Navajo delegation pursues sacred masks at auction in Paris

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Navajo Vice President Rex Lee Jim poses for the media outside the Drouot auction house in Paris France. Dec. 15, 2014. Photo by Jared King.

Contact: Jared King
Communications Director
Navajo Nation Washington Office
Email: jking@nnwo.org
Cell: 202-200-0625

For Immediate Release

Navajo delegation pursues sacred masks at auction in Paris

PARIS—Navajo Nation Vice President Rex Lee Jim and Navajo Human Rights officials will attempt to purchase seven confirmed Navajo sacred masks up for auction in Paris, France. Hundreds of items representing different Indigenous nations will go on auction at 2:30 p.m., Central European Time.

The Navajo delegation arrived in Paris Friday and accomplished one of its goals by gaining access to the sacred masks at the Drouot auction house on Saturday, Dec. 13. Vice President Rex Lee Jim offered sacred Navajo prayers to restore harmony from the masks being removed from the four sacred mountains.

It is also important to note that item 77 in the catalog is not of Navajo origin. Eve auction house does not know the origin of this item as indicated in the catalog. 

While in Paris, the news media coverage of the Navajo mission has spread throughout Europe. Jane Hartley, the U.S. ambassador to France, made a public appeal for the sacred masks be returned to the respective Indigenous nations, including the Navajo Nation. The Navajo delegation over the last three days, raised awareness of how the sacred masks belong to the Navajo Nation, and the right course of action, is to return them.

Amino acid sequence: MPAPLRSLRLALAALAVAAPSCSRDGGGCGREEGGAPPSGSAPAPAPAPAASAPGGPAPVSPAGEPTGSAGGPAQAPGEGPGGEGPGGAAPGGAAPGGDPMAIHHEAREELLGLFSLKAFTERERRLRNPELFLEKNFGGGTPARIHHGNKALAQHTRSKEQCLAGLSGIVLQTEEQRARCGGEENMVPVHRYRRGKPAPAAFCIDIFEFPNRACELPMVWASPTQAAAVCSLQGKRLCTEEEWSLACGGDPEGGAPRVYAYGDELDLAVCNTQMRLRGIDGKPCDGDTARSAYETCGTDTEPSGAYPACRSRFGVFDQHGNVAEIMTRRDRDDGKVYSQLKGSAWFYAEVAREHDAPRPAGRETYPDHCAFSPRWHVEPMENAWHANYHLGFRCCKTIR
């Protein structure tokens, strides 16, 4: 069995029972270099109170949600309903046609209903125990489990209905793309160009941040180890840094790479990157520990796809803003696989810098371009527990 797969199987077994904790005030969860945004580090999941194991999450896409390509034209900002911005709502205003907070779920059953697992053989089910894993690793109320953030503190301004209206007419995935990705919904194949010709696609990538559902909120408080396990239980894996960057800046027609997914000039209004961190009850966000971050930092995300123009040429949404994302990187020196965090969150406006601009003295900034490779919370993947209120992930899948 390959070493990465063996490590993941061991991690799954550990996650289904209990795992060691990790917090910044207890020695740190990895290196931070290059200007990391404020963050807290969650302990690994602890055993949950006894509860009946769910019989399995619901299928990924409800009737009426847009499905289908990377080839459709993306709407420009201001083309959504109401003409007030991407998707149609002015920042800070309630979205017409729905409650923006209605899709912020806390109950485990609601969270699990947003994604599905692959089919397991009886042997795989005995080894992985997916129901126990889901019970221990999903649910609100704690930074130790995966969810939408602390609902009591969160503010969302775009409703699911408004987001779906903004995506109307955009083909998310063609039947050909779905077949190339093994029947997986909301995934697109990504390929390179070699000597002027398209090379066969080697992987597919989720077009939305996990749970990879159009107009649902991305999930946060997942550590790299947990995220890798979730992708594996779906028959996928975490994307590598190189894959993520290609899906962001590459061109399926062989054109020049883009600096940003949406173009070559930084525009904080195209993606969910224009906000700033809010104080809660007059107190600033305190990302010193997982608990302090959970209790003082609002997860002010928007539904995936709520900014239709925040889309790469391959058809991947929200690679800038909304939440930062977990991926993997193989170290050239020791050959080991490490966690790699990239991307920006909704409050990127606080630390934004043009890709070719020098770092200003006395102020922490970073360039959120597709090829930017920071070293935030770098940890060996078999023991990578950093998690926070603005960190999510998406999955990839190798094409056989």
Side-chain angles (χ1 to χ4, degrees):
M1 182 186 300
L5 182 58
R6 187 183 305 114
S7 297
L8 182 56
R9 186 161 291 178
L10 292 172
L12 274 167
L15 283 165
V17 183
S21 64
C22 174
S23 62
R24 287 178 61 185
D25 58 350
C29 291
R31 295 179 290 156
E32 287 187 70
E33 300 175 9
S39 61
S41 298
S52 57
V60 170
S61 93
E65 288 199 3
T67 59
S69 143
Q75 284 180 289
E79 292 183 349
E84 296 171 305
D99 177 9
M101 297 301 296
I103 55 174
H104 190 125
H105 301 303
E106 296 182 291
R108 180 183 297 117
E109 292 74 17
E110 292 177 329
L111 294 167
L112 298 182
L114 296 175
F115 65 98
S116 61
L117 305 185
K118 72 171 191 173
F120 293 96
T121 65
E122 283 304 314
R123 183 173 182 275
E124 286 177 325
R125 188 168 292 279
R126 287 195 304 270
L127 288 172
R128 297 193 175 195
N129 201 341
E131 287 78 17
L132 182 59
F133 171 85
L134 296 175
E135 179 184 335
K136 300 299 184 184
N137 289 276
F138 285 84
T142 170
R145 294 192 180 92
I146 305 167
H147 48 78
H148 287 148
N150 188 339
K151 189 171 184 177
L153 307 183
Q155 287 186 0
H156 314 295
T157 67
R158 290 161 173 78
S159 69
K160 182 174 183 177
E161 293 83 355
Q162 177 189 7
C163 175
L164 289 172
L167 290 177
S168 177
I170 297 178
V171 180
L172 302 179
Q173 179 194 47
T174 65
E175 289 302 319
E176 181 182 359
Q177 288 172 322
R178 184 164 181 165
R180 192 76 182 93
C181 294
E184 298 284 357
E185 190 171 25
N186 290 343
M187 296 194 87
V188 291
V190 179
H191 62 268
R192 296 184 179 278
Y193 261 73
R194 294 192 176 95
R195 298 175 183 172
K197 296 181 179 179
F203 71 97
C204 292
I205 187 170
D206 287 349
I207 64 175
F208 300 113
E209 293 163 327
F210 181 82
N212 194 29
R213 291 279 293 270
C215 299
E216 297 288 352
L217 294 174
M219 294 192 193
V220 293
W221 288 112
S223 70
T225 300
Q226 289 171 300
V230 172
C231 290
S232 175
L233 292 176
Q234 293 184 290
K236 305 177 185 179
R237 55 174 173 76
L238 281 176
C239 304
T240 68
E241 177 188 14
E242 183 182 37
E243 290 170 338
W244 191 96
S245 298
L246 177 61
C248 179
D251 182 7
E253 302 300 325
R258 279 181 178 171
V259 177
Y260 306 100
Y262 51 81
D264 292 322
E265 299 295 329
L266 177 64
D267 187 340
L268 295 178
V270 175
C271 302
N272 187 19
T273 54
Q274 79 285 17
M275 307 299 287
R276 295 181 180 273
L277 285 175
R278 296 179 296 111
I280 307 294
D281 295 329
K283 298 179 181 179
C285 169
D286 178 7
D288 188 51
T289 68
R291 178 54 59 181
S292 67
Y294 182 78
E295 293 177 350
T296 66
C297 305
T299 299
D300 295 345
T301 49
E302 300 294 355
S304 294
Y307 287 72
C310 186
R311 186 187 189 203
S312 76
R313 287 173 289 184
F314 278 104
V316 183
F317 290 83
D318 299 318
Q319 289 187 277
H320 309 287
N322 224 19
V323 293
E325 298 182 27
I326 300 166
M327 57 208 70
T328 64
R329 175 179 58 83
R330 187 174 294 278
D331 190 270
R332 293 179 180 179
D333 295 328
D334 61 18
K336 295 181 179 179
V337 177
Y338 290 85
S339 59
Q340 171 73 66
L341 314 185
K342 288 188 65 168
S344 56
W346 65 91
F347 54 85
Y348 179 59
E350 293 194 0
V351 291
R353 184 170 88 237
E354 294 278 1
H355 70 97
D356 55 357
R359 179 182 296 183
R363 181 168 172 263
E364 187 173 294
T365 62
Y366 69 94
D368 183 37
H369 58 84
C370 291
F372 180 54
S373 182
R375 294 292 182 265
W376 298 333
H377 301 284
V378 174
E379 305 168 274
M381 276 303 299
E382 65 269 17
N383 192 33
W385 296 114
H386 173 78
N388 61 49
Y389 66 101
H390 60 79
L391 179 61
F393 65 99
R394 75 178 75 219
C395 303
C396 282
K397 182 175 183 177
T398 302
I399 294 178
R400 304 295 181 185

The vice president called the masks “living and breathing beings,” in Navajo, and as sacred to the people used for healing ceremonies during the winter. It is important that they be taken home.

“This is important because we have a cultural and spiritual connection with them. These are not art objects. They were not constructed for decorating homes or to hang art galleries. This is a major difference between the western concept of art and the Navajo concept of cultural patrimony,” the vice president said.

“We understand that many of the dealers do not understand this, that this concept is foreign to their culture,” the vice president added.

“As an elected official of the Navajo people, one of my duties is to protect these sacred masks and that is why I am here with the steadfast support of the Navajo government, our lawmakers and our people,” the vice president said.

The Navajo delegation calls on the Navajo medicine people and all Navajos to pray for a successful mission in returning these sacred masks back to the Navajo Nation.

The delegation will return to the Navajo Nation on Tuesday.

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